All of this effort is an attempt to halt the decline of sea turtles. Six species of sea turtles are found in U.S. waters and all of them are threatened or endangered. Entanglement in fishing nets, pollution and litter (turtles ingest and choke on plastic bags, balloons, and other floating debris that resembles jellyfish, their favorite food) cause numerous turtle deaths each year. Development of beachfront habitat decreases nesting success and beachfront lighting disorients hatchlings.

Adult turtles return to their birth beach to nest so one day one of these creatures will lumber back onto this beach to lay the seed for yet another generation. The dedicated work of the volunteers and professionals patrolling Alabama’s beaches bring hope that we can continue to witness the return of sea turtles to Alabama beaches for decades to come.

(This article originally appeared in the Huntsville Times)

Tuesday, August 18, 2009

Cane Creek Canyon Nature Preserve

Just south of Tuscumbia, a large swath of wild streams, box canyons, waterfalls, rock shelters and sandstone bluffs remains nearly as pristine and wild as it did centuries ago. The fact that this remarkable piece of natural beauty is still unspoiled is largely due to an equally remarkable couple.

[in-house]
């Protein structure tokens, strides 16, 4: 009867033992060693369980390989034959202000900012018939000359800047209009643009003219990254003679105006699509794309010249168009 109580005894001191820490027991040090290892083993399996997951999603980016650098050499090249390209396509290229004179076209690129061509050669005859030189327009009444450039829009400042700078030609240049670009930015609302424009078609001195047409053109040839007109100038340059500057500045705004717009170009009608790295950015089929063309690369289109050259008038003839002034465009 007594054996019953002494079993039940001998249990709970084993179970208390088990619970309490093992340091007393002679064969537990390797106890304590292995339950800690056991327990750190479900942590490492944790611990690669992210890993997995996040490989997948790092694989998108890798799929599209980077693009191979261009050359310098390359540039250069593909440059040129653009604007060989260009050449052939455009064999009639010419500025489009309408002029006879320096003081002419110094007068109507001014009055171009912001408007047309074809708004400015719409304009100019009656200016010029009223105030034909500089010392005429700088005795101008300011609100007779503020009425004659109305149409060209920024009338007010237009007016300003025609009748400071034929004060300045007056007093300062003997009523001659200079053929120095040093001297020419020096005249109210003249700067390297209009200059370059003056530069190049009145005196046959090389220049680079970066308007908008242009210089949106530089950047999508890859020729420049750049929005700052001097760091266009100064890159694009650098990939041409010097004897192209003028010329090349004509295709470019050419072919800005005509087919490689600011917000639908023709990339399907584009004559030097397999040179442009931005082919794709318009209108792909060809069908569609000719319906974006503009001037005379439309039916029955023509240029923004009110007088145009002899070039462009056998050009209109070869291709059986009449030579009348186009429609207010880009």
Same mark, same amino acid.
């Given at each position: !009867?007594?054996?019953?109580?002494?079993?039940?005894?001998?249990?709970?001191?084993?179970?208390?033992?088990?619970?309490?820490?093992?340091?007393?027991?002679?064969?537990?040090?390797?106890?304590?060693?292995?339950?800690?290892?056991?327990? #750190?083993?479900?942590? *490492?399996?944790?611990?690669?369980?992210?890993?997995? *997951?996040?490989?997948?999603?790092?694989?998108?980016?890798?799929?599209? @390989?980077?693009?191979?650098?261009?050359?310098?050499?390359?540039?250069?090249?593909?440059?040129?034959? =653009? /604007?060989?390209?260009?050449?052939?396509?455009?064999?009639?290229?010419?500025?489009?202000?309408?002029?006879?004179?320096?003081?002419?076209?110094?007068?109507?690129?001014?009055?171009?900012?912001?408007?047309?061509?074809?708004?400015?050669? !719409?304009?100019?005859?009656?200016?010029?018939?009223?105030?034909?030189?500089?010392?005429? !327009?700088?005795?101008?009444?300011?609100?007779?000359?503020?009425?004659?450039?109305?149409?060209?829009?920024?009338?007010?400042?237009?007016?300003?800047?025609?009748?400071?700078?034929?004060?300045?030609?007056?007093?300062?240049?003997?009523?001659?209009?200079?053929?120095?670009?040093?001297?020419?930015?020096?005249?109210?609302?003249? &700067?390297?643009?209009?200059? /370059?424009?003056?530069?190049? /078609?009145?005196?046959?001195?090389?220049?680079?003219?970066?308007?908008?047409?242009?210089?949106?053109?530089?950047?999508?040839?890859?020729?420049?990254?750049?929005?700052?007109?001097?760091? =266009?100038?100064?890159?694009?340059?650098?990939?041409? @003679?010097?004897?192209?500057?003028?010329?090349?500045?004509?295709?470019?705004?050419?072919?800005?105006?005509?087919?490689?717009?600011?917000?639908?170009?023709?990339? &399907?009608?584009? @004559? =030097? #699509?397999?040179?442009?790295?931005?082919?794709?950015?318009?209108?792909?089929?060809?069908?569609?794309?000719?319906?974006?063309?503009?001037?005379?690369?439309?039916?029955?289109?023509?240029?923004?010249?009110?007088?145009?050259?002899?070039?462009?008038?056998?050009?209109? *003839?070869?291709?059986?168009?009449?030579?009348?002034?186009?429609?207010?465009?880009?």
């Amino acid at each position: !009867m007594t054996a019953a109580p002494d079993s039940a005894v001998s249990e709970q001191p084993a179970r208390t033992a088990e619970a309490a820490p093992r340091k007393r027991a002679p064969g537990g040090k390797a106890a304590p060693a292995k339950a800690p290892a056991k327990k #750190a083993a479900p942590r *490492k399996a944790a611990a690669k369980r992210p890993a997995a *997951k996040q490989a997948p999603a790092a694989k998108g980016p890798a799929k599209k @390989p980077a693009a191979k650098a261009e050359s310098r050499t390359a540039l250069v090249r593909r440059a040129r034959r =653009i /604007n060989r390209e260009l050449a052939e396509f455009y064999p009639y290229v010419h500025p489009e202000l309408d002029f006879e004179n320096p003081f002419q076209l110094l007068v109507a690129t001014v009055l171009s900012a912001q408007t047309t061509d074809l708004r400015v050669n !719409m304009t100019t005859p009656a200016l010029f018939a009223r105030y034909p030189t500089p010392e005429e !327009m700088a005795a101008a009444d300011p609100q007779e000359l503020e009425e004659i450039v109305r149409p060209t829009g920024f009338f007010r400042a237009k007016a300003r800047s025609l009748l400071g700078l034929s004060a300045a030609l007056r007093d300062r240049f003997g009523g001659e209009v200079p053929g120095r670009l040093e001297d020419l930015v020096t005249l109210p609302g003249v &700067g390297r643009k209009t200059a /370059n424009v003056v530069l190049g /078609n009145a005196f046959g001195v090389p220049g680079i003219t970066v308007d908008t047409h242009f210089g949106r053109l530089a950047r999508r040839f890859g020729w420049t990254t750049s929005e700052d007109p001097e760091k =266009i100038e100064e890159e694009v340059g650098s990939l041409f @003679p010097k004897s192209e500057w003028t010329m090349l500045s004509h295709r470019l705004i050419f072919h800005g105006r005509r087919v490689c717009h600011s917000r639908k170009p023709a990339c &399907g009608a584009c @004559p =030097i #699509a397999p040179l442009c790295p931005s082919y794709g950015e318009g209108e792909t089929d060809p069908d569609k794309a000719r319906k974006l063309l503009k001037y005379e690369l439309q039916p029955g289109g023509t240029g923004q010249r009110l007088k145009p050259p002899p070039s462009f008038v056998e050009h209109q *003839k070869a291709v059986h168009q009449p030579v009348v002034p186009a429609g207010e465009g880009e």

Jim and Faye Lacefield, retired educators, bought a 40-acre tract of land in 1979 and have gradually added to that original purchase, keeping the land in its natural state, and today their Cane Creek Canyon Nature Preserve encompasses 700 acres. Their foresight has ensured the preservation of a good portion of Cane Creek Canyon, a rare environmental wonder amidst a sea of farms and houses that Jim says shows up on Google Earth “like a deep green ribbon surrounded by brown fields and roads”.

Even more remarkable, the Lacefields have chosen to share this natural wonder. Their land is open to the public, seven days a week, no charge. I asked the couple why they share this haven with others. “Land should not be hoarded by fortunate people who happen to own it,” Faye says. “This is our contribution to the community.” Their goals are for the land to be used for education and recreation, far different goals than many forest landowners, whose primary use is often for timber. Jim says that they are “modeling an alternative to the materialistic view” of land usage. The Lacefields have ensured the land’s permanent protection by signing a conservation easement with The Nature Conservancy of Alabama.